Keys to Literacy Newsletter  October 2008
Volume 2

KTL Logo
Our quarterly newsletter for educators provides helpful information about literacy and comprehension instruction in grades 4-12.  We hope the information and links will enhance your teaching.  Please forward this newsletter to your friends and colleagues!

This Issue's Topic:  Graphic Organizers - Topic Webs
  Comprehension Teaching Tips
Joan's Photo

Research clearly supports the use of graphic organizers as a strategy to improve comprehension. Graphic organizers help students see the big picture and the relationship among ideas. They also help struggling readers access content.

Teachers must be careful not to overwhelm students with too many different types of graphic organizers. Students are more likely to use them independently if they are exposed to just a few basic formats. The Keys to Literacy programs focus specifically on a top-down topic web format because it is flexible enough to be used with any subject matter and clearly differentiates between broad main ideas and supporting facts.

Click here for a description of how to construct a top-down topic web.

Click here to see a comparison of a topic web and a brainstorming web.

Topics webs can be generated on any size paper, and colored markers can be used to emphasize the relationship between ideas. However, the use of mapping software makes creating topic webs easier for teachers and generates more interest among students for developing webs themselves. Inspiration ( and Smart Ideas ( are two excellent mapping software products.

Recommended Resources
Four Books

There are several resources related to the use of graphic organizers that we recommend. Teaching Reading in the Content Areas: If Not Me, Then Who? includes a collection of graphic organizers for both narrative and expository text.  Click here for more information.  The white paper Graphic Organizers and Implications for Universal Design for Learning: Curriculum Enhancement Report is also helpful. Click here to download this paper.

Here are some additional helpful websites:
Reading Quest - Includes a page on graphic organizers and the Power Thinking approach using top-down webs.
North Central Regional Educational Lab
Houghton Mifflin's Education Place

What's New in Adolescent Literacy?
Four Books

There are three new publications available for free downloading related to secondary literacy instruction:
What Content Area Teachers Should Know About Adolescent Literacy.  National Institute for Literacy, 2007. Click here to download.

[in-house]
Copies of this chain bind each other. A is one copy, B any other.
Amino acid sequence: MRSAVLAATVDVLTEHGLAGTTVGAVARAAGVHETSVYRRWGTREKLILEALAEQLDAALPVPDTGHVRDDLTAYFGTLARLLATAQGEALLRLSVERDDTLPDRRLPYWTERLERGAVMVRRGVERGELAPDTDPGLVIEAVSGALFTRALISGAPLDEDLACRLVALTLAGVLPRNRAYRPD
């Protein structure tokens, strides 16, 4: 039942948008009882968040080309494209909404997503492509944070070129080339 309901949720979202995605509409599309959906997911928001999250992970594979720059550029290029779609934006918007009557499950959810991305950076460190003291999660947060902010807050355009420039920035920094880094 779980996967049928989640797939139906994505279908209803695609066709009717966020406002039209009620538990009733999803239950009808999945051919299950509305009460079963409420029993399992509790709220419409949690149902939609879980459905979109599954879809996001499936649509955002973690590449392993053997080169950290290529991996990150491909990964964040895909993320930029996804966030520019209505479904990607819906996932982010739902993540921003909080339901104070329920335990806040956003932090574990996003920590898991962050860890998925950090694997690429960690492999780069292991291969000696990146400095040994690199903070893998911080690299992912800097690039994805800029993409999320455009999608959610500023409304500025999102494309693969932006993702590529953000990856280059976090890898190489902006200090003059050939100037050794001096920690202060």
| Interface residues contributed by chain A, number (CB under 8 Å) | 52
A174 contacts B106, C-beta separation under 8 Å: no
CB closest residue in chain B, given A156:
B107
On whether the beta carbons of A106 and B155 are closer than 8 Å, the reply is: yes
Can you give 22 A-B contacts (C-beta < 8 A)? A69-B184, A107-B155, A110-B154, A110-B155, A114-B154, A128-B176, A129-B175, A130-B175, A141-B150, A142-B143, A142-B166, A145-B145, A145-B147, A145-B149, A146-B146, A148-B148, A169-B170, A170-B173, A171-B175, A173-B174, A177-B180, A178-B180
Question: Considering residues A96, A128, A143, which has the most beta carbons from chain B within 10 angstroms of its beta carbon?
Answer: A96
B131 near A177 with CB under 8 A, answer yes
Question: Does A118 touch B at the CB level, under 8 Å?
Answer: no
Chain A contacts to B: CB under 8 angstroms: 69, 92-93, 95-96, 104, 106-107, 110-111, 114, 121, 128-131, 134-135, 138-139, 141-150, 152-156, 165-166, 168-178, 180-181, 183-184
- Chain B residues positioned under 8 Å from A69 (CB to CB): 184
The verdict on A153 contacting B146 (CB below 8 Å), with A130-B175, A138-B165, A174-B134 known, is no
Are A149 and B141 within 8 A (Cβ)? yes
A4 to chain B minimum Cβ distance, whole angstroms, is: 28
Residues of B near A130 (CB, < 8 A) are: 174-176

Improving Adolescent Literacy: Effective Classroom and Intervention Practices. National Centre for Education Evaluation and Regional Assistance, Aug 2008. Click here to download.
Double the Work: Challenges and Solutions to Acquiring Language and Academic Literacy for Adolescent English Language Learners. Click here to download.

The website that was launched last year continues to provide excellent content and resources for teachers, students and parents. They update the site frequently, so it is worth book marking and returning to regularly.

Keys to Literacy News
We are very excited to announce the availability of our Key Three Routine: Comprehension Strategies Online Training modules. This is being used as a hybrid option (one day live with completion of the training online) for our typical two-day training. Individuals may also take just the online version of the training. Click here to try a demo of the course.

We are pleased to announce our partnership with two literacy professional development centers: The Stern Center in Vermont, and the Rawson-Saunders School in Texas. 

Posters and laminated student cue cards are now available: How to Write a Summary, a Summary Template, a list of Transition Words, and a list of Question Generation Words. Click here to order.
Keys to Literacy

Keys to Literacy specializes in professional development for teaching comprehension and vocabulary that is embedded in the content classroom.

491 Maple Street, Suite 307
Danvers, MA 01923-4026
T978-750-4200; F 978-750-4254
A Message From Joan Sedita
Joan's Photo
Over the past six years, we have seen a significant emphasis in funding for supporting K-3 beginning reading instruction. I am heartened to see this focus expand to grades 4-12 literacy, supported by a growing research base about what works.  There have also been some increases in funding at the federal and state levels.

The key is connecting the research and policy decisions to teachers in everyday classroom instruction. This is part of the Keys to Literacy mission and the goal of this newsletter.

 I hope you find the resources about using graphic organizers and "What's New in Adolescent Literacy" helpful! 

Joan Sedita
Quick Links
Join Our Mailing List